Dung beetles — named for what they eat — may be one of the more underrated creatures in the food web. When no one is looking, these tiny janitors clean up pound after pound of manure on pastures, enriching the soil as they spread and bury it. Now, there’s evidence that dung beetles may also help make our food safer—even as food-safety fears make it difficult for researchers to find farms willing to help conduct real-world tests.
In 2013, Matt Jones, a doctoral student from Washington State University, approached dozens of West Coast produce farmers, both organic and conventional, with an unusual request. He wanted them to apply pig feces to broccoli fields to study whether dung beetles and other soil organisms were able to reduce food-borne pathogens.
While roughly 50 farmers declined, ironically because it introduced too much risk to their operation, the 43 farms that took part in the experiment helped demonstrate that greater biodiversity, including both dung beetles and soil microbial communities, suppressed E. coli and other harmful pathogens. In addition, a seven-day laboratory experiment revealed that two dung beetle species reduced E. colinumbers by over 90 percent and nearly 50 percent, respectively.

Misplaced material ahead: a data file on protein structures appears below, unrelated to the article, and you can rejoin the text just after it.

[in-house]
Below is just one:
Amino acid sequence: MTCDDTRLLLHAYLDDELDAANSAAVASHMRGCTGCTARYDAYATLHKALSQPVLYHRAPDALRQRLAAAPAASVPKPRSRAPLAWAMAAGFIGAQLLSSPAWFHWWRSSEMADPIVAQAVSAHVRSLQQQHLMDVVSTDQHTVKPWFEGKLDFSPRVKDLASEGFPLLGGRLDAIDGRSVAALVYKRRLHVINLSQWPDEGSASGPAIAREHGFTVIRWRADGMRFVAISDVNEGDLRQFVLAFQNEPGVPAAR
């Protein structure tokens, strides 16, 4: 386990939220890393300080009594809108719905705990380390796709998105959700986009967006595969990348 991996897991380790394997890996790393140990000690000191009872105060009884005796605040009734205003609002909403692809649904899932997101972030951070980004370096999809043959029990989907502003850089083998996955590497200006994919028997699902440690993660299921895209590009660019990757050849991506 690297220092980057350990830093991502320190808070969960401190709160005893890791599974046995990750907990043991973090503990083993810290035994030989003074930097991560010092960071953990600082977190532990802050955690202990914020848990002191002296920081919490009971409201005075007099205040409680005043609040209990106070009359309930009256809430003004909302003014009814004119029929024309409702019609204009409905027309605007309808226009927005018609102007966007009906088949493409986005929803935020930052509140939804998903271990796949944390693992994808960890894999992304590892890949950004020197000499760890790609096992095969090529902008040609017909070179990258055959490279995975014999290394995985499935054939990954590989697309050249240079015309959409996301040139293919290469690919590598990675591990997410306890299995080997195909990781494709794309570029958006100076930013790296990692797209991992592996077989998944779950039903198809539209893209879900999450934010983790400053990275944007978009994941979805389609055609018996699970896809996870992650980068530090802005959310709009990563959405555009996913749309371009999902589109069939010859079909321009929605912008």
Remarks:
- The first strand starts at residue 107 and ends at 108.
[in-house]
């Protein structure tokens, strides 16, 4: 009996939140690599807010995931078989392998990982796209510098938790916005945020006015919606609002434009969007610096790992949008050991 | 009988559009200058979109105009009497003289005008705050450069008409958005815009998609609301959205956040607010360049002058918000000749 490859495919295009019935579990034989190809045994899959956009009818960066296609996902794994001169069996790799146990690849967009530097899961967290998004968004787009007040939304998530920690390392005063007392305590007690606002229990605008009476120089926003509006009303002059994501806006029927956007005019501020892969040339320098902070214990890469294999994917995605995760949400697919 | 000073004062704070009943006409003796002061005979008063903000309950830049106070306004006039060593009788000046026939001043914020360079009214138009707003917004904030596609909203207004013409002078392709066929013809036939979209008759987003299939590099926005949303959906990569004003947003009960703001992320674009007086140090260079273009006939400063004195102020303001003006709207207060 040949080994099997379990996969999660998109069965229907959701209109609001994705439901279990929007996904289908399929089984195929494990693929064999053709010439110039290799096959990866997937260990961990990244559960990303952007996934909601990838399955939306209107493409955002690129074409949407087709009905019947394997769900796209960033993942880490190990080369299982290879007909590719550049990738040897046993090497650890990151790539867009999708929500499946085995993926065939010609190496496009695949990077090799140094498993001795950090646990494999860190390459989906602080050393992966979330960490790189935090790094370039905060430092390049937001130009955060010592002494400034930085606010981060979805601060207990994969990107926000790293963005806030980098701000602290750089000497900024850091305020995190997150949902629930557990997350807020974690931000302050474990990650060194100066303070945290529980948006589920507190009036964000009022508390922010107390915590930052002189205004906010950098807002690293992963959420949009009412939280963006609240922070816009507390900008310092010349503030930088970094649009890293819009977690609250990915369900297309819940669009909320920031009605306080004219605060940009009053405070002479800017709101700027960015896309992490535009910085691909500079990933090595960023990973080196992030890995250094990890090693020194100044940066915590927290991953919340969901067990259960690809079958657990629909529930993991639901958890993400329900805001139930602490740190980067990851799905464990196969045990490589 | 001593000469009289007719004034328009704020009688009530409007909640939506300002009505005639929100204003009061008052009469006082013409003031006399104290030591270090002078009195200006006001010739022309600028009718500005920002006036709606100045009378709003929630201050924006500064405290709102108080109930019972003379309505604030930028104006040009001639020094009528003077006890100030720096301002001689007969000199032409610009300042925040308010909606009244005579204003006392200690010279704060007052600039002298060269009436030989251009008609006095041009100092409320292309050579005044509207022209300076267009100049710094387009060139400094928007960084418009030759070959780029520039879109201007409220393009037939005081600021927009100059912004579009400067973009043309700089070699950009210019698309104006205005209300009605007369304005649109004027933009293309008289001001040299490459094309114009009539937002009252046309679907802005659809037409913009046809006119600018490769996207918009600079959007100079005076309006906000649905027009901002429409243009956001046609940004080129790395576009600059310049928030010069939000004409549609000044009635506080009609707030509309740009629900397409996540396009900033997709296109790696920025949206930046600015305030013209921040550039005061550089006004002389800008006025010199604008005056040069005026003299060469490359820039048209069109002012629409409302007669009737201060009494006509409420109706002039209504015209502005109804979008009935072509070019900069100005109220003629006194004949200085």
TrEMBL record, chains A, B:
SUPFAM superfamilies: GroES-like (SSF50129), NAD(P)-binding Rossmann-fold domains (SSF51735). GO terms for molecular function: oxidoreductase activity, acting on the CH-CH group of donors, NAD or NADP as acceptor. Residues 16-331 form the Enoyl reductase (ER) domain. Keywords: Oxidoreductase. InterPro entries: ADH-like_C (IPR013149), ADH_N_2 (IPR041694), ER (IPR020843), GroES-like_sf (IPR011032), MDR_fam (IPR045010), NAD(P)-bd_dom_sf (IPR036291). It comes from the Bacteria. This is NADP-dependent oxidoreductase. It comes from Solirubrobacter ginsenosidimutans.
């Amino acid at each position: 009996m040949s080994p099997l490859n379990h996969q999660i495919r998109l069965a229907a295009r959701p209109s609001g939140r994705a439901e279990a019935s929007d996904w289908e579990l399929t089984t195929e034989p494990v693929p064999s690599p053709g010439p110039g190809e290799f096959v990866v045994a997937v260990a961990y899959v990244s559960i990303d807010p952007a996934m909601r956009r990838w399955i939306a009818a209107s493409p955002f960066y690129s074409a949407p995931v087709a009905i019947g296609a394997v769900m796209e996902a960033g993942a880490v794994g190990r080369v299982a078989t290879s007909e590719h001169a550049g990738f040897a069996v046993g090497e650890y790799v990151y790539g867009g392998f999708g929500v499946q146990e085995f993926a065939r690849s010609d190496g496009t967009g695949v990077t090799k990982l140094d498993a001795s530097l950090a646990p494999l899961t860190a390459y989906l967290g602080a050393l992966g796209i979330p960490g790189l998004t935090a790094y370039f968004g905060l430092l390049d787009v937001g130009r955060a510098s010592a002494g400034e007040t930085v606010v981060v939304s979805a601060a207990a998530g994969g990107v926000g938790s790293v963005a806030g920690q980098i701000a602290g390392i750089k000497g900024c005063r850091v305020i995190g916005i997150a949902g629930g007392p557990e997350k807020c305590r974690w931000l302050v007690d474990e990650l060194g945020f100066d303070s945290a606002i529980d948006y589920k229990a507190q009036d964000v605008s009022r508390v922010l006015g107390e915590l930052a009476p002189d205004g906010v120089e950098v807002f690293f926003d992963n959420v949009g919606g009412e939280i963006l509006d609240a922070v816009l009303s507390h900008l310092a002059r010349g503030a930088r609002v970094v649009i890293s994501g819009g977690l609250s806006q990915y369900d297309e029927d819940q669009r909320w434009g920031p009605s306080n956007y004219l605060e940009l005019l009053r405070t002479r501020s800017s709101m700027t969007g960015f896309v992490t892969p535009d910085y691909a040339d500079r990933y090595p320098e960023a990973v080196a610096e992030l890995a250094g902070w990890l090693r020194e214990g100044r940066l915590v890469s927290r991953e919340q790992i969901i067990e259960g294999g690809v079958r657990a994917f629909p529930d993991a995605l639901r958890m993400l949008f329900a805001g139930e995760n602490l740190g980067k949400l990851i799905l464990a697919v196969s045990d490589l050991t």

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The reason? These beetles efficiently transported feces belowground, making it difficult for pathogens to survive, especially in the presence of diverse soil microbial communities.
“Our study doesn’t say that if you have dung beetles and diverse soils, you’re all good,” says Jones. Rather, he says, it shows that “rich biodiversity is a tool,” and one that has likely been underappreciated.
Many of the 6,000 species of dung beetles worldwide are tunnelers (while most of the others are “rollers”). As tunnelers work their way into the soil, they can carry up to 90 percent of the nitrogen from cattle dung with them. In doing so, they also improve the soil and help it absorb more water. As a result, less nitrogen pollution runs off farm fields, creating fewer dead zones in waterways and oceans. A 1,000-pound beef cow can produce roughly 10 tons of manure each year. Without effective dung removal, pastures can inhibit plant growth and increase pests.